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An amazing World Fair in Tel Aviv 1934

Organised by the Trade and Industry Co, through a private init­iat­ive of three businessmen, a small Tel Aviv Fair did attract attention in the 1920s. It all began at the Zionist Club on Rothschild Boul­evard and then trav­el­led to sev­eral schools, to sell locally manufactured goods to local cust­om­ers. When they realised they were on to something special, the Trade and Industry Co came up with the idea of establishing a major trade show a la Barcelona.

But it was the hugely suc­cessful 1929 Barcelona World Fair that pro­moted a massive, international effort. After Barcelona finished, large advert­ising campaigns were launched in Europe that invited business own­ers to come to Tel Aviv. The response was satisfy­ing and continued growing.

By late 1932, the Tel Aviv Municipality understood they needed to build a proper home for a World Fair. The British Mandate authorit­ies were enthusias­tic and alloc­ated 25 acres on the very attractive Yarkon Penin­sula at the far end of Tel Aviv. And they extended assistance to the project.

The Levant Fair was planned as the largest public event ever held during the British Mandate period. Beautiful, white Bauhaus buildings, built by German architects who had emigrated in 1933, were beginning to define the city.

The Italian pavilion

 British pavilion

  Gal­ina Coffee House

The Norwegian pavilion

Romanian pavilion
Credit for the photos: Levant World Fair in Tel Aviv.

Two of the most prominent architects in the country, Arieh Elhanani and Richard Kaufmann, were chosen to design the new World Fair com­plex. Kauf­mann was in charge of the urban master-plan and Elhanani designed some buildings and the outdoor scul­p­tures. The fair­grounds also feat­ured modern street lamps, benches, well-tended gardens and a main entrance square, Plumer Square.

This Levant Fair was the best model of a white, utopian city with a modernist palace, square, axes and Bauhaus flats. Note the Produce of the Land Palace with its original ship-like facade that became a source of local pride; it was the largest and most important structure of the Levant Fair. Designed by Richard Kaufmann in 1934, it too was in the In­ter­national or Bauhaus Style. The interior space soared to a height of 3 storeys, with an observation tower situated on one side and an apse on the other. Next to the entrance of the sparkling white fac­ade stretched a large public plaza with Arieh Elhanani’s sculpture.

Manuf­acturers and consumers flooded into Israel and many exhib­ited their wares in national pavilions – Britain, Soviet Union, Lebanon, Poland, Bulgaria, France, Cyprus, Italy, Belgium, Turkey, Greece, Switzerland, Norway, Sweden, Romania, Czechos­lov­akia etc. The best architects from Israel were recruited to build the pavilions. Each architect was resp­on­sible for design­ing one of the participating countries’ building, giving each pav­ilion a unique look, within the overall plan. Britain and its col­on­ies had an entire cluster of pavilions, designed by the respected architect, Yosef NeufeldGenia Averbuch, Aryeh Sharon and others provided Tel Aviv with one of the widest coll­ections of Bauhaus Style architecture.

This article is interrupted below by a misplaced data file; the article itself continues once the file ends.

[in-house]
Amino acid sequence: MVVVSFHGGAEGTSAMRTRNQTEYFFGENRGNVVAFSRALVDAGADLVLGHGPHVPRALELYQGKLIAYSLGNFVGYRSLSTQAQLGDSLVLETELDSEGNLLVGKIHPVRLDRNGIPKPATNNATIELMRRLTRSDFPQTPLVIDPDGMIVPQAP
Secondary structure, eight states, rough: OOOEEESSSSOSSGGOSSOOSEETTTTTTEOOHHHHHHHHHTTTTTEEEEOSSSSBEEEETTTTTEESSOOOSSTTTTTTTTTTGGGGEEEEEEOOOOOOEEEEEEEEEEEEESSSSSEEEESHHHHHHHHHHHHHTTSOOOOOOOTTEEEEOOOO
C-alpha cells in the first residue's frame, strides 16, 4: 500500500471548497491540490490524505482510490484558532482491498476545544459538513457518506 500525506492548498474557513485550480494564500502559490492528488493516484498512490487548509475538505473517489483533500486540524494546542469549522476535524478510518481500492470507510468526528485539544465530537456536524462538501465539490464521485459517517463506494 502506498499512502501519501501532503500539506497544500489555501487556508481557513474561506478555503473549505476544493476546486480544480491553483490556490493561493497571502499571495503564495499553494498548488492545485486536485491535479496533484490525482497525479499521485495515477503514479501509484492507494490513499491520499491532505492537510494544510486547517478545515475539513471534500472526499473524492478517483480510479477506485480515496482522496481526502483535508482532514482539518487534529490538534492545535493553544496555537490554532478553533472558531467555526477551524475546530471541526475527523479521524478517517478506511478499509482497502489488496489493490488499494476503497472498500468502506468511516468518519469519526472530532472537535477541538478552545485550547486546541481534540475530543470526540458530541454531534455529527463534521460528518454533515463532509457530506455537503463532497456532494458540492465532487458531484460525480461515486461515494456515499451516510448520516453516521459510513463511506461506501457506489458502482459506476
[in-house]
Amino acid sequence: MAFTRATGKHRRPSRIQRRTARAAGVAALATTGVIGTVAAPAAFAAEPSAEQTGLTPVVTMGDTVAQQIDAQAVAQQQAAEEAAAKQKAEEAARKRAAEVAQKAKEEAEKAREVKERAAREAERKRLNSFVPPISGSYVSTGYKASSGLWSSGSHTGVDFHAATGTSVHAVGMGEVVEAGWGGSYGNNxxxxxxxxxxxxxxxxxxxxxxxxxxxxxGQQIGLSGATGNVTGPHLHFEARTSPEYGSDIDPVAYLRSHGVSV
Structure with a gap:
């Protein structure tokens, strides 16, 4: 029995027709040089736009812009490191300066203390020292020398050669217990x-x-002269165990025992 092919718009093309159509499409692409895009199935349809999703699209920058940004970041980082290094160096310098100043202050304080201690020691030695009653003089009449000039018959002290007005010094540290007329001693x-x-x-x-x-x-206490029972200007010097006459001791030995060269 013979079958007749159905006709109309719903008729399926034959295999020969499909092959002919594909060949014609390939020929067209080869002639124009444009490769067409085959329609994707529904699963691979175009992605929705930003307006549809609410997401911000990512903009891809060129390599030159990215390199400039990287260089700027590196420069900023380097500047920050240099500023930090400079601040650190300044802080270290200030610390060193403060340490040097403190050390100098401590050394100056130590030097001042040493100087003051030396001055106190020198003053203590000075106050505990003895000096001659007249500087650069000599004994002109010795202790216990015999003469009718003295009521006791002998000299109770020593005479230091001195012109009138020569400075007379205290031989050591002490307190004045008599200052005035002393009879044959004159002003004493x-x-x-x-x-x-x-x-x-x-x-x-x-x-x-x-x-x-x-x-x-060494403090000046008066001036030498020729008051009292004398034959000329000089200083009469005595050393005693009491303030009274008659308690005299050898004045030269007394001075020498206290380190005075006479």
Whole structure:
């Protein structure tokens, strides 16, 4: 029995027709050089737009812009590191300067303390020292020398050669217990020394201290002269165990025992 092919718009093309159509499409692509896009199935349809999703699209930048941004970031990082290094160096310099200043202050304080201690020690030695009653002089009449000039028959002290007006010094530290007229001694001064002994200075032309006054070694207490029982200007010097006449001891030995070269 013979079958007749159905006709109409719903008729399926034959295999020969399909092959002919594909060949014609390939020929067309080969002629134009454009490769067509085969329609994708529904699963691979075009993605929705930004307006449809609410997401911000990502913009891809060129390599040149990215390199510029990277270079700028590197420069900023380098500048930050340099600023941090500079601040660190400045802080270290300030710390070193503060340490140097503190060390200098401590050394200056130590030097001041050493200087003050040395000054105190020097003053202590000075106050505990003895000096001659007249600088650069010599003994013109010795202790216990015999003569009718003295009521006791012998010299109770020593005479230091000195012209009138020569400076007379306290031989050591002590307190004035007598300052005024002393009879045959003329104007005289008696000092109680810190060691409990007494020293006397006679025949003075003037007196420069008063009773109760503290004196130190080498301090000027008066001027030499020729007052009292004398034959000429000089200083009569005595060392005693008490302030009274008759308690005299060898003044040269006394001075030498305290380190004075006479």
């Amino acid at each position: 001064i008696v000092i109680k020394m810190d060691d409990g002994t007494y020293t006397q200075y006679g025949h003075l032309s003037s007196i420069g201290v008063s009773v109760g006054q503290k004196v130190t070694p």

The ceremony marking the laying of the cornerstone was held in the presence of the British High Commissioners Herbert Samuel, Herbert Plumer, John Chancellor & Arthur Wauchope, plus Tel Aviv mayor Meir Dizengoff and the Arab mayors of Jaffa and Jerus­alem. The new fair covered 10 dunams and housed 1,225 exhib­itors, including 821 for­eign companies from 23 countries. Emerging nations in the Orient were particularly welcomed.  And Gal­ina Coffee House, built in the International or Bauhaus Style, was hugely popular.

Opening day crowds

So holding an occasional Fair seemed plausible in this growing city of Tel Aviv and another Levant Fair was held in 1936. 30 countries took part, drawing c600,000 visitors in the 6 weeks it was open.

Now it was possible to combine commercial promotion with en­t­ertainment and culture; the Tel Aviv Municipality was quick to grasp the importance of the Levant Fair as a strong attraction in pre-State Israel and in the Diaspora. The first concert of the Palestine Philharm­on­ic Orchestra started its concert tour in Dec 1936, led by the greatest conductor in Europe, Arturo Toscanini (1867–1957). Golda Meir, David Ben Gurion and every other communal figure in Palestine were at the first concert, held in the Italian Pavilion.

Those were imp­res­sive numb­ers given that the Arab Revolt was about to begin, shut­ting down Jaffa port. But the fair's organisers suffered financial losses and after the 1936 Fair closed, it stayed closed till after the state was established.

However the spaces were later put to good use. During the Jaffa dock workers’ strike, the Brit­ish Government approved the construction of a jetty on the Tel Aviv seashore, on a beach just south of the Levant Fair-grounds. Pavilions in the fair grounds were initially used as temporary st­or­age space for the Tel Aviv port, built in 1938. Later, they were appropriated for British Army use, and after 1948, for the Israel Defence Forces.

World Fair facilities all over the world were accidentally or intentionally torn down, except for Melbourne's. Even in Tel Aviv, the pavilions fell apart and the works of art moved. So the Levant Fair project was re-launched in June 2013 at the orig­inal location, now offering restaur­ants, shopping, exhibits, sports activities, playgrounds for children, and performances at the amphitheatre.


  









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